Finding Your Path: A Five Step Process
Finding your path in life is one of the most ubiquitous problems people face. It’s easy to assume that as you get older, you’ll be blessed with more clarity; but this is not always the case. Not knowing what you want to do is frustrating, and inhibiting. How are you expected to progress if you don’t know where you’re headed?
In order to realise your goals, you need experiences to draw from. You need reference points when finding your path. If you haven’t had a diverse range of experiences, you can’t hope to arrive at a meaningful answer to the question; what do I want to do with my life?
For example, let’s say you want to buy a car. However, you have never owned a car in your life. You don’t know what driving a car is like, or what kind of features you desire, let alone the nuances between all the different makes and models.
You have two options:
- Do lots of thinking about what car you should buy; imagine yourself in a convertible, consider the practicalities of a hatchback, and wait for the answer to arrive. You don’t buy the car until you make the decision.
- Get to know what driving a car is like. Go out there and test-drive all the different cars in your price range. Do your research, and take action. Buy a car that suits your needs now, with the view that it won’t be the only car you ever own.
Of course option two seems obvious when it comes to buying a car, but the same is true when it comes to building a career. You’re never going to figure out what you want to do until you begin experiencing things.
As the artist Ai Weiwei says, “A small act is worth a million thoughts.” Even if you’re a very intelligent and thoughtful person, you can spend years thinking about finding your path, and still have achieved nothing in reality. A single action moves you further forward than any number of ideas. Contemplation is all well and good, but at some point you need to act. You can’t reflect until you’ve acted.
You need to explore. To encounter what’s out there. In order to figure out what you want, you first must gain experience and knowledge by throwing yourself into new situations. By building up experience, you broaden your understanding. The more knowledgeable you become, the clearer your thinking and finding your path will be.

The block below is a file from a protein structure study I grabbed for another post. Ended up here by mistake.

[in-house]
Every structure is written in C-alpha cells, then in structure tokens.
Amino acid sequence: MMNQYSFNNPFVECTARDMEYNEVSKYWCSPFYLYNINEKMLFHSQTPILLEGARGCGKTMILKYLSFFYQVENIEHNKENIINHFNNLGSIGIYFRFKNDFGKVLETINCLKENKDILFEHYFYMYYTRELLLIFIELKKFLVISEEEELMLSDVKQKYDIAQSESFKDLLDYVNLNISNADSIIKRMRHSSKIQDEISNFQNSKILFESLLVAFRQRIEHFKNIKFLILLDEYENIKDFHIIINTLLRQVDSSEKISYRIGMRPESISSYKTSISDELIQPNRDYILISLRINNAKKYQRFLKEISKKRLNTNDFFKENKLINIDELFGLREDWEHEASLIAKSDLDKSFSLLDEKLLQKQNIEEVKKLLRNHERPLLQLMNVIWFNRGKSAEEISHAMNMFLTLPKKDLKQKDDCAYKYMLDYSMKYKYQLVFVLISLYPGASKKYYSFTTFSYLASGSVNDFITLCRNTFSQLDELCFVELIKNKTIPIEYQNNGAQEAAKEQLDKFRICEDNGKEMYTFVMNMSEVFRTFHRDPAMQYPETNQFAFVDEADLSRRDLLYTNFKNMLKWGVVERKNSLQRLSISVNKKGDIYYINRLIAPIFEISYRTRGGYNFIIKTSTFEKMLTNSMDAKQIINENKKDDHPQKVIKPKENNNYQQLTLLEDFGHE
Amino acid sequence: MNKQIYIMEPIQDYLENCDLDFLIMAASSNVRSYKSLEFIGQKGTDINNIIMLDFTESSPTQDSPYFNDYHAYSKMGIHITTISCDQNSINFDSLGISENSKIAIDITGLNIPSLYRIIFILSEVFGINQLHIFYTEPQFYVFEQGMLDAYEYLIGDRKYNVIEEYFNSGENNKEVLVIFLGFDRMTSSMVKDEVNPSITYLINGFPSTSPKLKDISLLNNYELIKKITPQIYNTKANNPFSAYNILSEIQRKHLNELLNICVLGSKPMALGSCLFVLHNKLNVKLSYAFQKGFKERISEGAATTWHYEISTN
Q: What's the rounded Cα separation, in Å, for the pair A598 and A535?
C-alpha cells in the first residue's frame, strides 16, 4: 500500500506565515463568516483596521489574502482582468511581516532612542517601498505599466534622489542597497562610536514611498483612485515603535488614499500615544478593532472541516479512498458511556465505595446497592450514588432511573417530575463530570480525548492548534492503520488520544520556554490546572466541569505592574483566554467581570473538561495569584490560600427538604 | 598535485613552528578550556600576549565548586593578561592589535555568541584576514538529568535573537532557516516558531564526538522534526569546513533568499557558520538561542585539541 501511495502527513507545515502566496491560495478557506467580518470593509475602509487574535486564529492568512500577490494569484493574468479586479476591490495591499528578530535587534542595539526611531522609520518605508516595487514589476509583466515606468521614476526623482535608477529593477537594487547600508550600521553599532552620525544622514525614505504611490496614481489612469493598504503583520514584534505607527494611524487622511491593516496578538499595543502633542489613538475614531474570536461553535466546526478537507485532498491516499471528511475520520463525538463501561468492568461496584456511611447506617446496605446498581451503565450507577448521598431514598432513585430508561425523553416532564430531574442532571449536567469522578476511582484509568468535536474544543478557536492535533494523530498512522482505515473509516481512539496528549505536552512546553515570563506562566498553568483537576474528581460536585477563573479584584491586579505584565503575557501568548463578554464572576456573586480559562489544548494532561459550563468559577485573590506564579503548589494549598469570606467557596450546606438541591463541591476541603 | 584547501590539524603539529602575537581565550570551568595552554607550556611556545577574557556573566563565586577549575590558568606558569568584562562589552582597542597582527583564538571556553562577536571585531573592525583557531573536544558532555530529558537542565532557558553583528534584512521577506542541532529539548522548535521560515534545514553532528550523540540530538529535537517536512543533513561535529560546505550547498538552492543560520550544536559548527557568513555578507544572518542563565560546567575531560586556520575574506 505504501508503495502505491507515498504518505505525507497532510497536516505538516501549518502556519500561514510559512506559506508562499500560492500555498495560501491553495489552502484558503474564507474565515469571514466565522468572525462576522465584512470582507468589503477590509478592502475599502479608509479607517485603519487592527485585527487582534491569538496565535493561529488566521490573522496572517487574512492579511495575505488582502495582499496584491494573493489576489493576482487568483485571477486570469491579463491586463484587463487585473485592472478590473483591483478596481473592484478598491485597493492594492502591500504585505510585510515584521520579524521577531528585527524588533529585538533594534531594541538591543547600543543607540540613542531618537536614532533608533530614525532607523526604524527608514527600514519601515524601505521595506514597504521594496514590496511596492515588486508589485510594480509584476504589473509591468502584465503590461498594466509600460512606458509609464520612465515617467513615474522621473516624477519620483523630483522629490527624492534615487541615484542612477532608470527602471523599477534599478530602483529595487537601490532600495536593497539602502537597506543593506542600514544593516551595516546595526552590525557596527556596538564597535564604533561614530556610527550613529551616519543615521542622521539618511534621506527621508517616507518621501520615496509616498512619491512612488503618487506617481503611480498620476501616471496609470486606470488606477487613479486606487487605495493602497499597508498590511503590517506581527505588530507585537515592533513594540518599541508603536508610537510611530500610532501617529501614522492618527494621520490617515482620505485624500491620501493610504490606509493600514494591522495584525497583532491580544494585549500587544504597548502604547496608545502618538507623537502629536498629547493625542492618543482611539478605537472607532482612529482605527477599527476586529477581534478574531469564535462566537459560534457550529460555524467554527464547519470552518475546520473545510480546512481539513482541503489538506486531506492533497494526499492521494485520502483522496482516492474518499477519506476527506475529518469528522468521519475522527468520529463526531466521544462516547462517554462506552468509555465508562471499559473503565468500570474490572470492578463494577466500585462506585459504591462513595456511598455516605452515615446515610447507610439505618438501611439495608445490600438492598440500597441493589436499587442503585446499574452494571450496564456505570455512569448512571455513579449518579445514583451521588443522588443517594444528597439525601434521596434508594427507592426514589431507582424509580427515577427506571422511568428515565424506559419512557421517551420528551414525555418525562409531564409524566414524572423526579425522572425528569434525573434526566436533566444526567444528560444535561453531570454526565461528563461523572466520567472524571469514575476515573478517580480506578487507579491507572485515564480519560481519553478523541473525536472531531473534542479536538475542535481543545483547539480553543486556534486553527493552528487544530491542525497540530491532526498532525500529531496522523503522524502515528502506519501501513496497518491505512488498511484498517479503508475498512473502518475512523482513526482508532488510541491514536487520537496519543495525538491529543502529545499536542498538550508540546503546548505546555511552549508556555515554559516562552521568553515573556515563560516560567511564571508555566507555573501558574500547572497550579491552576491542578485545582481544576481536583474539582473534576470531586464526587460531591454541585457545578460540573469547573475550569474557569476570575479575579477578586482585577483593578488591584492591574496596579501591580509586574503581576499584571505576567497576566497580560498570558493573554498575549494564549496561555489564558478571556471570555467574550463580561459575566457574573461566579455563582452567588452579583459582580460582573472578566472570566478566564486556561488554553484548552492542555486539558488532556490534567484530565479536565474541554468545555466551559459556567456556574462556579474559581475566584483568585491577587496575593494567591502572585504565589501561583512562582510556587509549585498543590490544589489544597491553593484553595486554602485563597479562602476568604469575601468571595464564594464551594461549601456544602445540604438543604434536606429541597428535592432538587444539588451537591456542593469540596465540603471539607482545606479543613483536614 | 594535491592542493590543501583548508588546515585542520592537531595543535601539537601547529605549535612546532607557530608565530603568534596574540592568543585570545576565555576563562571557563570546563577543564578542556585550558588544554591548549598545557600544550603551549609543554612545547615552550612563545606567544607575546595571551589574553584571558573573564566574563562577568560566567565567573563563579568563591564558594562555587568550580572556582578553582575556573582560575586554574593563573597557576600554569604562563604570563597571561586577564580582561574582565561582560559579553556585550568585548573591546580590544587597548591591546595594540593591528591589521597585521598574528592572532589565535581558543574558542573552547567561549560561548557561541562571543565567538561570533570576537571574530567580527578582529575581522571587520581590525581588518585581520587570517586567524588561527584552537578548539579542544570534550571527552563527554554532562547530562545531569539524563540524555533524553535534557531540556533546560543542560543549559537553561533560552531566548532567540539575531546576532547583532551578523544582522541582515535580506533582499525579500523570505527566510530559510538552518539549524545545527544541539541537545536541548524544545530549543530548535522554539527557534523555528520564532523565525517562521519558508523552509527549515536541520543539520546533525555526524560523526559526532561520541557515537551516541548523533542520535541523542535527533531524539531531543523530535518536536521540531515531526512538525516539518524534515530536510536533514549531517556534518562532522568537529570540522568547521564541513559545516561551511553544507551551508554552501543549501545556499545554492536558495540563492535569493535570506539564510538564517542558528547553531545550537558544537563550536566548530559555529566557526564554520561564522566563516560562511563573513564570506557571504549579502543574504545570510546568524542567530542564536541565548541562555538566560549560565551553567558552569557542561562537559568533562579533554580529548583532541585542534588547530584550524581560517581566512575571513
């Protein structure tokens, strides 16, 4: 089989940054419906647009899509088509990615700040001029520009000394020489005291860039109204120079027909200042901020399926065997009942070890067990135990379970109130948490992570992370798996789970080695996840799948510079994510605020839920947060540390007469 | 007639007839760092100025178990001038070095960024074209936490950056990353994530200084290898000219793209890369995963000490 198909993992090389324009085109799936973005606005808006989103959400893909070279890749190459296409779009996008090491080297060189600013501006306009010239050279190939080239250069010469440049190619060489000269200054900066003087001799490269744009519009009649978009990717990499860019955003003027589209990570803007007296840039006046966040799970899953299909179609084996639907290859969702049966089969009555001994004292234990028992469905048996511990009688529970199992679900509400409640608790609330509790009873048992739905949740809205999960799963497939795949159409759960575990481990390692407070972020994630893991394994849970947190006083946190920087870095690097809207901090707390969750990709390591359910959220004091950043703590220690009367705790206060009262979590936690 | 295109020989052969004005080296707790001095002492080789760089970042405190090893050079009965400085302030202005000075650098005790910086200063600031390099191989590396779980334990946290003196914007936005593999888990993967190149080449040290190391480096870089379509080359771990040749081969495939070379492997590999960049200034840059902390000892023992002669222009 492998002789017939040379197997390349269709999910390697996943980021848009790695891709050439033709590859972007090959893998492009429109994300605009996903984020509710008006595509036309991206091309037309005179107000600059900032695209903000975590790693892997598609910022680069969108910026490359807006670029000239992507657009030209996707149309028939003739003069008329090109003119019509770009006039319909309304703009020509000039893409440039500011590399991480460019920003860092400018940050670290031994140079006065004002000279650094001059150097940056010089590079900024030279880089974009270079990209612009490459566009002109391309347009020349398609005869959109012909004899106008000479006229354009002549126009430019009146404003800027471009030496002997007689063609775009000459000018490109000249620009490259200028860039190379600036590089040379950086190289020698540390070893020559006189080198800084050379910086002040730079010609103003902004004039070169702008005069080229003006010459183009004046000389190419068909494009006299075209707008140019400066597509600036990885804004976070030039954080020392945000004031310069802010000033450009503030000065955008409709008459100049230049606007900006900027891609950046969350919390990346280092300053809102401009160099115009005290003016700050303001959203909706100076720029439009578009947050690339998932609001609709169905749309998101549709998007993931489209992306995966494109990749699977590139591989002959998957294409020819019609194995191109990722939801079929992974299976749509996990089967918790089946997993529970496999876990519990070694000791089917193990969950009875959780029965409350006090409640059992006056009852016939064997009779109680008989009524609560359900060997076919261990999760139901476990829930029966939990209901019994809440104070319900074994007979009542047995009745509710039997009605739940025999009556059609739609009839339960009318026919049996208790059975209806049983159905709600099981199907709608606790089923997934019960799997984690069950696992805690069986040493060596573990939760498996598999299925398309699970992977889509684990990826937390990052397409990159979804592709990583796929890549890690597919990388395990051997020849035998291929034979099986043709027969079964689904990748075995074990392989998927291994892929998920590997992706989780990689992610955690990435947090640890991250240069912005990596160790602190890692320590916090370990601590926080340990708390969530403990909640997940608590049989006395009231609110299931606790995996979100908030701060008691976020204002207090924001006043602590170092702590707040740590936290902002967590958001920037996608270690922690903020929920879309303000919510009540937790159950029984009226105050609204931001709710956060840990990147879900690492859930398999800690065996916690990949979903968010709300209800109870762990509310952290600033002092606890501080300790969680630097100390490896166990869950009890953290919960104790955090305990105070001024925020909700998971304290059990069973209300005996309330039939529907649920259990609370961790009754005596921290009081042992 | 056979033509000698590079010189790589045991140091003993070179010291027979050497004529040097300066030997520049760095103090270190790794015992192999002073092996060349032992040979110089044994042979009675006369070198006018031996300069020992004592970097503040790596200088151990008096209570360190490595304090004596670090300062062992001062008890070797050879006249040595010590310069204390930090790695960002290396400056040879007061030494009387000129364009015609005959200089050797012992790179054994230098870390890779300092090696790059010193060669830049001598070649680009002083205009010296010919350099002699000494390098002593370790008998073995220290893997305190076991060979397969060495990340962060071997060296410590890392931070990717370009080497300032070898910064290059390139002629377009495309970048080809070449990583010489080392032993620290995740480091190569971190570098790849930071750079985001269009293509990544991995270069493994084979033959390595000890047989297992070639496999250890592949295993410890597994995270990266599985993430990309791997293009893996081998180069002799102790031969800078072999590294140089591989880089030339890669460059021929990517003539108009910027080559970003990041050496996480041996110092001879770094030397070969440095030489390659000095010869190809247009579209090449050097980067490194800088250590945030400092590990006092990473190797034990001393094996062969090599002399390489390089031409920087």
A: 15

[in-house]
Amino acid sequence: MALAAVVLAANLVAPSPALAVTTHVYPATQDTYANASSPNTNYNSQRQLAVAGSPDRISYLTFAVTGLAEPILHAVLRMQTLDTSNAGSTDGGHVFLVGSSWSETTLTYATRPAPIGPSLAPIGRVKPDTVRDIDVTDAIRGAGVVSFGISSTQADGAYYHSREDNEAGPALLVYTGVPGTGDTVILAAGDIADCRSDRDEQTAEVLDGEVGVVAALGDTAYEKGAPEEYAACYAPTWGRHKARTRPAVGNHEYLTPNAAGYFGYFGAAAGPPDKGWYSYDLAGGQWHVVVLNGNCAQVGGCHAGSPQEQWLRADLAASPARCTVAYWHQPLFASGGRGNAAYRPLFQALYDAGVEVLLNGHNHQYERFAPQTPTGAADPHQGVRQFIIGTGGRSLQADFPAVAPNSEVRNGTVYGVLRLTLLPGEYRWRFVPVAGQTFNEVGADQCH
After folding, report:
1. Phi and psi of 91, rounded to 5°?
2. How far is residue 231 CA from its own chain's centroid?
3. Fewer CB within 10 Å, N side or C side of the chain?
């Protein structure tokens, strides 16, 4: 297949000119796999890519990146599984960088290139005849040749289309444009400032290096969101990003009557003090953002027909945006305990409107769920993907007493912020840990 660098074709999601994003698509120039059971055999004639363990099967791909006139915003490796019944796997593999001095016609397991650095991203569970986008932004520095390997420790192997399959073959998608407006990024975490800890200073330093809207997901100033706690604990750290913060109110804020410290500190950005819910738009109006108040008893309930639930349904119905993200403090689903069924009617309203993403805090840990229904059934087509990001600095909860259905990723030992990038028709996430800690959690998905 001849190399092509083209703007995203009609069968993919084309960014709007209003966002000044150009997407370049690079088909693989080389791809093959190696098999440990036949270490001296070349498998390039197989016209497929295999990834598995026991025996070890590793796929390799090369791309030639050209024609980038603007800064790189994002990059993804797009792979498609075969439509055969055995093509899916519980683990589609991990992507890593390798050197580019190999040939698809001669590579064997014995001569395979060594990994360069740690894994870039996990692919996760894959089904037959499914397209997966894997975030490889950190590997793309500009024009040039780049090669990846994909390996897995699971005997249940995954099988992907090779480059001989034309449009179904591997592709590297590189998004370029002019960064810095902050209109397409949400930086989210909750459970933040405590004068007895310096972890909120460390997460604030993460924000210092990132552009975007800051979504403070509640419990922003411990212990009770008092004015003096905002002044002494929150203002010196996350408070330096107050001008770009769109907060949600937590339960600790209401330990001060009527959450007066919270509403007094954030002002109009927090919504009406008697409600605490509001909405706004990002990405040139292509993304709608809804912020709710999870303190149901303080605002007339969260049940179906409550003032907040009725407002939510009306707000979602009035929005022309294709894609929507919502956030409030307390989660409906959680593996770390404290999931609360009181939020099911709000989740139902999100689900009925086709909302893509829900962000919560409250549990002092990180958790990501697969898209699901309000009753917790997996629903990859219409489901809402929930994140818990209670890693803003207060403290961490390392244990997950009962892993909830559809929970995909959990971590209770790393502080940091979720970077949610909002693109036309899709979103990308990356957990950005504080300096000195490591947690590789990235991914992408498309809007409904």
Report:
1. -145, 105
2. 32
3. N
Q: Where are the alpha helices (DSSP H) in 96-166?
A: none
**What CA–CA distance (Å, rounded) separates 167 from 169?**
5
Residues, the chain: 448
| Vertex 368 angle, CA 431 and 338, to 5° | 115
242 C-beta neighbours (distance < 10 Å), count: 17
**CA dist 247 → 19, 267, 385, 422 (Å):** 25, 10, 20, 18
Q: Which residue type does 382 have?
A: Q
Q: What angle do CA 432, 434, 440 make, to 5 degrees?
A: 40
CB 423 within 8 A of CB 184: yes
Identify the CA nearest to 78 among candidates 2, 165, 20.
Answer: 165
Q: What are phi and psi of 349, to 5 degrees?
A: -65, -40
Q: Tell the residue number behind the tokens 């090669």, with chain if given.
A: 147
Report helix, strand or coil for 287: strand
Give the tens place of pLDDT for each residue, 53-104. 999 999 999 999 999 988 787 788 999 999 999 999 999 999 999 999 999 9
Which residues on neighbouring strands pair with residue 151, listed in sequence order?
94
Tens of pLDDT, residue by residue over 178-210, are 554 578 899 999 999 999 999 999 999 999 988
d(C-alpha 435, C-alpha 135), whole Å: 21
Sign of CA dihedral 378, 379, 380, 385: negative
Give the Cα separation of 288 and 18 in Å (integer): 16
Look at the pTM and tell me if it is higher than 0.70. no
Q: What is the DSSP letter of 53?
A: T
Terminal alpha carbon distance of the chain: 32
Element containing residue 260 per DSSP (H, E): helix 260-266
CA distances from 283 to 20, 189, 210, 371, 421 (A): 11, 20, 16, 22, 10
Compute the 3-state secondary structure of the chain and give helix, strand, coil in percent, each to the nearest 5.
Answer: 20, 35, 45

Here is a simple, five-step process that may help you: set your goals, plan, take action, review the results and then readjust your plans.
These can be relatively long-term, even abstract, ambitions—perhaps you simply wish to be a successful individual that maximizes their life and contributes to society—or they can be more concrete; “I want to become the CEO of a tech company”. Either way, your goals may not change all that much through the course of your life. They’ll stay with you.
As author Antoine De Saint-Exupery says, “A goal without a plan is just a wish”. Don’t expect your dreams to come true without making them happen. Do research into different industries; what they entail; what they require of you, etc. Make sure you know how you’re going to approach your goals. Equip yourself with well-considered plans.
As aforementioned, this is the most important stage. Many people think that planning is all they need to figure out what they want or where they’re headed. In reality, thought and action must exist in dialogue.
Moreover, they’re not exclusive… While you’re spending a couple of months contemplating whether or not you want to work in the Publishing industry, do an internship at a Publishing House. It might feel like you’re rushing into something, but it’s no big commitment. In fact, it will answer a lot of those questions for you, and most likely pose new ones.
Review the Results
What questions are you left with after acting? Once you have gained an experience, consider what you’ve learned from it. Did the internship make you want to work there longer? Or did it put you off the whole idea?
Edit and develop your plans in accordance with your experience. Your approach to finding your path will naturally change depending on what you’ve learnt (about the industry, the role and yourself). The more your experience feeds back against your plans, it will inform new approaches and decisions, and may even alter your goals.
This process is a helpful way to approach the question of what you want to do. Remember the key; take action. If you’re going to spend a few years figuring things out (which is fine, most people do), you need to put yourself out there. Not only to inform yourself, but to show employers that you are going through an active process of development; that you are actually moving forward, ever closer to what you want.
After a year of abstract contemplation, you might have figured something out, or you might not. Either way, you will have nothing to show for it. It’s not enough to say, ‘this year I figured out I want to be a CEO’. That hasn’t moved you forward in real terms. After a year of action, you’ll already have a string of experiences that set you ahead, and even if they aren’t directly related to the path you pursue, they’ll always come in useful.